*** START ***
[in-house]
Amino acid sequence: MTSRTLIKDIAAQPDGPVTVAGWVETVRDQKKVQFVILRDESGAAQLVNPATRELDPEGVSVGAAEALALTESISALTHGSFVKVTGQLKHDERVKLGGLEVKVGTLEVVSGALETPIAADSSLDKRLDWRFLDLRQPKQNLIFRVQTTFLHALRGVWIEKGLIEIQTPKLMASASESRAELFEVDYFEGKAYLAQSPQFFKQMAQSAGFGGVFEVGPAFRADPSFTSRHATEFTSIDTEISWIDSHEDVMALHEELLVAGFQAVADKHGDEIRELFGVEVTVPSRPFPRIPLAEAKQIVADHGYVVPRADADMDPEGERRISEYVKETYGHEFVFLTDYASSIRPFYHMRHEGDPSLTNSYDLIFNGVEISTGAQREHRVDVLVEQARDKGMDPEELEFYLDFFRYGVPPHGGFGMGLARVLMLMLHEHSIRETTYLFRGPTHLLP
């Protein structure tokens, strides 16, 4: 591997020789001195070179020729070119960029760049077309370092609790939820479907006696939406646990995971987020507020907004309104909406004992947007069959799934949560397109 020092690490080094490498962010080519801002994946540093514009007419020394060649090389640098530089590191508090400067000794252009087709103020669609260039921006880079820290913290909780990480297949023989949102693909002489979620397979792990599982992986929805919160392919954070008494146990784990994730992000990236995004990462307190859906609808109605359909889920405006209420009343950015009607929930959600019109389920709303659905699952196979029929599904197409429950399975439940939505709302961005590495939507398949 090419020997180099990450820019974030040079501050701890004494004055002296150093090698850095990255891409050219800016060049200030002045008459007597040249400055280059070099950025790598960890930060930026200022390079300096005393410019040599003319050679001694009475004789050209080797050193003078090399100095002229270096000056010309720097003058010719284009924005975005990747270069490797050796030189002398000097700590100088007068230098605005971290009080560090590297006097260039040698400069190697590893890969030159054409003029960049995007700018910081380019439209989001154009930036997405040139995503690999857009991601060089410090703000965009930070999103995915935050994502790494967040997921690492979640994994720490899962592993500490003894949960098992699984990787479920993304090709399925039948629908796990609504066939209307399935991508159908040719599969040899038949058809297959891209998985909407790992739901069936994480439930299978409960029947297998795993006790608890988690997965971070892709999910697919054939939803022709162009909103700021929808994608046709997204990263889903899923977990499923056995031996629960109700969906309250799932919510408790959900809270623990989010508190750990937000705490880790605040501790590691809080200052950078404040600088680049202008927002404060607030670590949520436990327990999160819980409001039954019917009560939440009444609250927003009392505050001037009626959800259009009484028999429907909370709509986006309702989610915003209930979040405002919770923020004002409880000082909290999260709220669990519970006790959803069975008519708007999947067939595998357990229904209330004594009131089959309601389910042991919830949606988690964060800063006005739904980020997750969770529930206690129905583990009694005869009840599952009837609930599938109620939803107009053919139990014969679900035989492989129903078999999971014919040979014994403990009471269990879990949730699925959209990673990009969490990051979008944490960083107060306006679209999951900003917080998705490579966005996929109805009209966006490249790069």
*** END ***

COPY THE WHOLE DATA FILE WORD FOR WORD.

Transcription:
[in-house]
Amino acid sequence: MTSRTLIKDIAAQPDGPVTVAGWVETVRDQKKVQFVILRDESGAAQLVNPATRELDPEGVSVGAAEALALTESISALTHGSFVKVTGQLKHDERVKLGGLEVKVGTLEVVSGALETPIAADSSLDKRLDWRFLDLRQPKQNLIFRVQTTFLHALRGVWIEKGLIEIQTPKLMASASESRAELFEVDYFEGKAYLAQSPQFFKQMAQSAGFGGVFEVGPAFRADPSFTSRHATEFTSIDTEISWIDSHEDVMALHEELLVAGFQAVADKHGDEIRELFGVEVTVPSRPFPRIPLAEAKQIVADHGYVVPRADADMDPEGERRISEYVKETYGHEFVFLTDYASSIRPFYHMRHEGDPSLTNSYDLIFNGVEISTGAQREHRVDVLVEQARDKGMDPEELEFYLDFFRYGVPPHGGFGMGLARVLMLMLHEHSIRETTYLFRGPTHLLP
């Protein structure tokens, strides 16, 4: 591997020789001195070179020729070119960029760049077309370092609790939820479907006696939406646990995971987020507020907004309104909406004992947007069959799934949560397109 020092690490080094490498962010080519801002994946540093514009007419020394060649090389640098530089590191508090400067000794252009087709103020669609260039921006880079820290913290909780990480297949023989949102693909002489979620397979792990599982992986929805919160392919954070008494146990784990994730992000990236995004990462307190859906609808109605359909889920405006209420009343950015009607929930959600019109389920709303659905699952196979029929599904197409429950399975439940939505709302961005590495939507398949 090419020997180099990450820019974030040079501050701890004494004055002296150093090698850095990255891409050219800016060049200030002045008459007597040249400055280059070099950025790598960890930060930026200022390079300096005393410019040599003319050679001694009475004789050209080797050193003078090399100095002229270096000056010309720097003058010719284009924005975005990747270069490797050796030189002398000097700590100088007068230098605005971290009080560090590297006097260039040698400069190697590893890969030159054409003029960049995007700018910081380019439209989001154009930036997405040139995503690999857009991601060089410090703000965009930070999103995915935050994502790494967040997921690492979640994994720490899962592993500490003894949960098992699984990787479920993304090709399925039948629908796990609504066939209307399935991508159908040719599969040899038949058809297959891209998985909407790992739901069936994480439930299978409960029947297998795993006790608890988690997965971070892709999910697919054939939803022709162009909103700021929808994608046709997204990263889903899923977990499923056995031996629960109700969906309250799932919510408790959900809270623990989010508190750990937000705490880790605040501790590691809080200052950078404040600088680049202008927002404060607030670590949520436990327990999160819980409001039954019917009560939440009444609250927003009392505050001037009626959800259009009484028999429907909370709509986006309702989610915003209930979040405002919770923020004002409880000082909290999260709220669990519970006790959803069975008519708007999947067939595998357990229904209330004594009131089959309601389910042991919830949606988690964060800063006005739904980020997750969770529930206690129905583990009694005869009840599952009837609930599938109620939803107009053919139990014969679900035989492989129903078999999971014919040979014994403990009471269990879990949730699925959209990673990009969490990051979008944490960083107060306006679209999951900003917080998705490579966005996929109805009209966006490249790069």